Human Fertilisation and Embryology Bill [Lords]

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Mark Simmonds: I thank the Minister for her helpful responses to a debate that was stimulated by a series of amendments that I tabled. I would just like to pick up one or two of the points that have been made by hon. Members.
My hon. Friend the Member for Salisbury was absolutely right to set out that Parliament must decide the principles, but the HFEA must be allowed to regulate. I think that the job for us in Parliament, as members of this Committee, is to establish where the balance between those two particular principles lies. The Minister certainly put my mind at rest with regard to the regulatory powers and the fact that they will be published in draft for consultation, although I share the concern of the hon. Member for Oxford, West and Abingdon, in that I cannot think of any draft regulations that have been altered as a consequence of such consultation during my time in Parliament. If the Minister and her officials could give an example of when that has happened, I would be grateful.
Dawn Primarolo: As a former Treasury Minister, I can assure the hon. Gentleman that that was the case for Finance Bills. We got to the point where something like more than half of a Finance Bill had been consulted on by being published in draft, amended, brought back and consulted on. The House does that, and there has been very full consultation in this area.
Mark Simmonds: I am sure that the Minister will be aware that that is not the same as altering regulatory powers and draft regulations. Indeed, the Government have problems with the current Finance Bill. I think the concern that I share with the hon. Member for Oxford, West and Abingdon is that there needs to be a genuine consultation, not just—I do not want to go down this road too far—a sham consultation, as we have in some circumstances. The consultation needs to be genuine because this is a very significant and important area.
I thought that it was clear from the Bill that nuclear DNA would be prohibited. Following the exchange that hon. Members have had with the Minister, I am now not so sure, so I am pleased that she is going to reflect on that because I would otherwise be uncomfortable with the situation. There is a big distinction between nuclear DNA and mitochondrial DNA. As I have said, I am comfortable with mitochondrial DNA, and we need to send a message to encourage that particular research.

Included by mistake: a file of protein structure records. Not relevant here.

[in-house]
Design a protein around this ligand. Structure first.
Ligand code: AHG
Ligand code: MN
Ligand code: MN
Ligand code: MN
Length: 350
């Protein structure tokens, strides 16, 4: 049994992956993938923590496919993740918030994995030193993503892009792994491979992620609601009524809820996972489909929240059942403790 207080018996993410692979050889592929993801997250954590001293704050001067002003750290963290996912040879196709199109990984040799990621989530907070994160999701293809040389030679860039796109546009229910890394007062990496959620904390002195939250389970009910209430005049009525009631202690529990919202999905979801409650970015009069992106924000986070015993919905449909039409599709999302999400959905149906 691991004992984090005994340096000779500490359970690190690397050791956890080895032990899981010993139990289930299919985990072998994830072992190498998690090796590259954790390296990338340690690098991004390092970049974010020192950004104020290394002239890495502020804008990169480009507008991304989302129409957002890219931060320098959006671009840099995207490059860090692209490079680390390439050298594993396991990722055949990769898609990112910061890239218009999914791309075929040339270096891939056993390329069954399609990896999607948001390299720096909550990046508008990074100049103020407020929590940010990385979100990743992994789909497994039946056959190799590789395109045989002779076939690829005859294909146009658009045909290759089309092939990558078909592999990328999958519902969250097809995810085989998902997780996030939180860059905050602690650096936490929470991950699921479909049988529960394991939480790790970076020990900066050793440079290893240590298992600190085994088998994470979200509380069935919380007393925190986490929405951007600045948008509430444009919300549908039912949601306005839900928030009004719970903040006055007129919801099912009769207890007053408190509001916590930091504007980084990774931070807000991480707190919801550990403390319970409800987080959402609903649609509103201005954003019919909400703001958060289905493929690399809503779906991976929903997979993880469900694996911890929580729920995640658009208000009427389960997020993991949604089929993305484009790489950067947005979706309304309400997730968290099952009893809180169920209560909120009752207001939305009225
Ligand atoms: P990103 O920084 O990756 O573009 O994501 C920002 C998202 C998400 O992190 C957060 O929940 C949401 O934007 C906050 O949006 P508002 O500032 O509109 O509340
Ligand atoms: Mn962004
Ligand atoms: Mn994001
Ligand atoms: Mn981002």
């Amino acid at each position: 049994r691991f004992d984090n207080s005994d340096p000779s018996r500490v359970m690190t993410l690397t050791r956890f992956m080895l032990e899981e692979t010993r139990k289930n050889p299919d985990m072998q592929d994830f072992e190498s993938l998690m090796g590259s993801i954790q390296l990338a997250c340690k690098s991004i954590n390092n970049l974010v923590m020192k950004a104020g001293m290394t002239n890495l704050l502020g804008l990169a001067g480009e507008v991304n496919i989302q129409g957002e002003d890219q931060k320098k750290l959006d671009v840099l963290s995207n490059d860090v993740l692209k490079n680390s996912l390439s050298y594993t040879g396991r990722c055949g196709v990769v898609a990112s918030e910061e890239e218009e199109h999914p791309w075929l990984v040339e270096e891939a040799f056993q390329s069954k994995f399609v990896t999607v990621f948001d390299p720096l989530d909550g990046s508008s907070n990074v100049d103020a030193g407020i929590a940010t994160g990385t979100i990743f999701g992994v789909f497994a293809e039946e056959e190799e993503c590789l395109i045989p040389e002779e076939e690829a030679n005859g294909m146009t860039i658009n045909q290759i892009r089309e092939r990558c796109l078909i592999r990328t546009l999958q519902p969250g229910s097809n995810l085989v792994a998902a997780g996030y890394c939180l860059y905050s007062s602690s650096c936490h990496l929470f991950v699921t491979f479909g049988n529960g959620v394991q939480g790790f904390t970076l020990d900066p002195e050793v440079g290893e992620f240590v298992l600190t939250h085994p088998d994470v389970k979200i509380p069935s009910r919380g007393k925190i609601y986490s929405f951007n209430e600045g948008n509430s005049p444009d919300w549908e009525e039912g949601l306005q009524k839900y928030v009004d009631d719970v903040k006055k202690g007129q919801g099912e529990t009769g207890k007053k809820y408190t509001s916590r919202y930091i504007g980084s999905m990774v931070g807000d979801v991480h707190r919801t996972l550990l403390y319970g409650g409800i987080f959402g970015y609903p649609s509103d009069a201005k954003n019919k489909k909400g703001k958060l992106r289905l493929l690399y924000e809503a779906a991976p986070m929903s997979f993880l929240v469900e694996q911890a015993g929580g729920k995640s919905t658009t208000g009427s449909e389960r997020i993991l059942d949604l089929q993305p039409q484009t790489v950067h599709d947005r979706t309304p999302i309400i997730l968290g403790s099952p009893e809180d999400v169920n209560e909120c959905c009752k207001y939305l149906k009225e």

My hon. Friend the Member for South-West Devon was absolutely right to talk about the possibility of loose language in the clause, so I hope that the Minister said will reflect on that. Concern about reproductive cloning was also highlighted, and if I have time, I would like to discuss that when we consider the next amendment. However, I think the Minister has put on the record some extremely helpful foundations as to why this clause is phrased as it is and why there needs to be a regulatory power.
One of the reasons why the 1990 Act has lasted for so long is because intermittent regulations have been put down to update it to catch up with scientific advancements. If we all want the Bill to have longevity after it comes out of Parliament, we will have to allow regulatory powers in certain areas. However, it needs to be clear what Parliament will and will not allow. I certainly have concerns, which were highlighted by the hon. Member for Southport, about the possible change to the definition of gametes and embryos. However, on the basis of the Minister’s helpful reply and the fact that she is prepared to reflect on hon. Members’ comments, I beg to ask leave to withdraw the amendment.
Amendment, by leave, withdrawn.
12.15 pm
Mark Simmonds: I beg to move amendment No. 3, in clause 3, page 3, line 29, leave out subsection (6) and insert—
‘(6) (a) A person who places in a woman a human embryo which has been created otherwise than by fertilisation is guilty of an offence.
(b) A person who is guilty of the offence specified in paragraph (a) is liable on conviction on indictment to imprisonment for a term not exceeding 10 years or a fine or both.’.
This is a probing amendment to try to elicit a response from the Minister as to why the exact wording that was set out in the Human Reproductive Cloning Act 2001 is not in the Bill. I do not necessarily subscribe to this view, but there is genuine concern that the Bill might leave a door open to enable cloning to take place. Ministers have said in Committee and elsewhere that the Bill completely supersedes the 2001 Act. Why are the Act’s exact provisions not in the Bill? My amendment would put the wording of the Act into the Bill. It is absolutely essential that Parliament sends a message that we do not approve of reproductive cloning and that it needs to be outlawed and prohibited completely.
Dr. Harris: I am grateful to the hon. Member for Boston and Skegness for tabling the amendment because it gives us an opportunity to discuss this issue. The repeal of the Human Reproductive Cloning Act 2001 has been raised by several members of the public, mainly—perhaps exclusively—by those who are opposed to many measures that the Human Fertilisation and Embryology Act 1990 permitted and that this Bill will continue to permit. It is important that they are reassured that the repeal of the 2001 Act in no way permits reproductive cloning.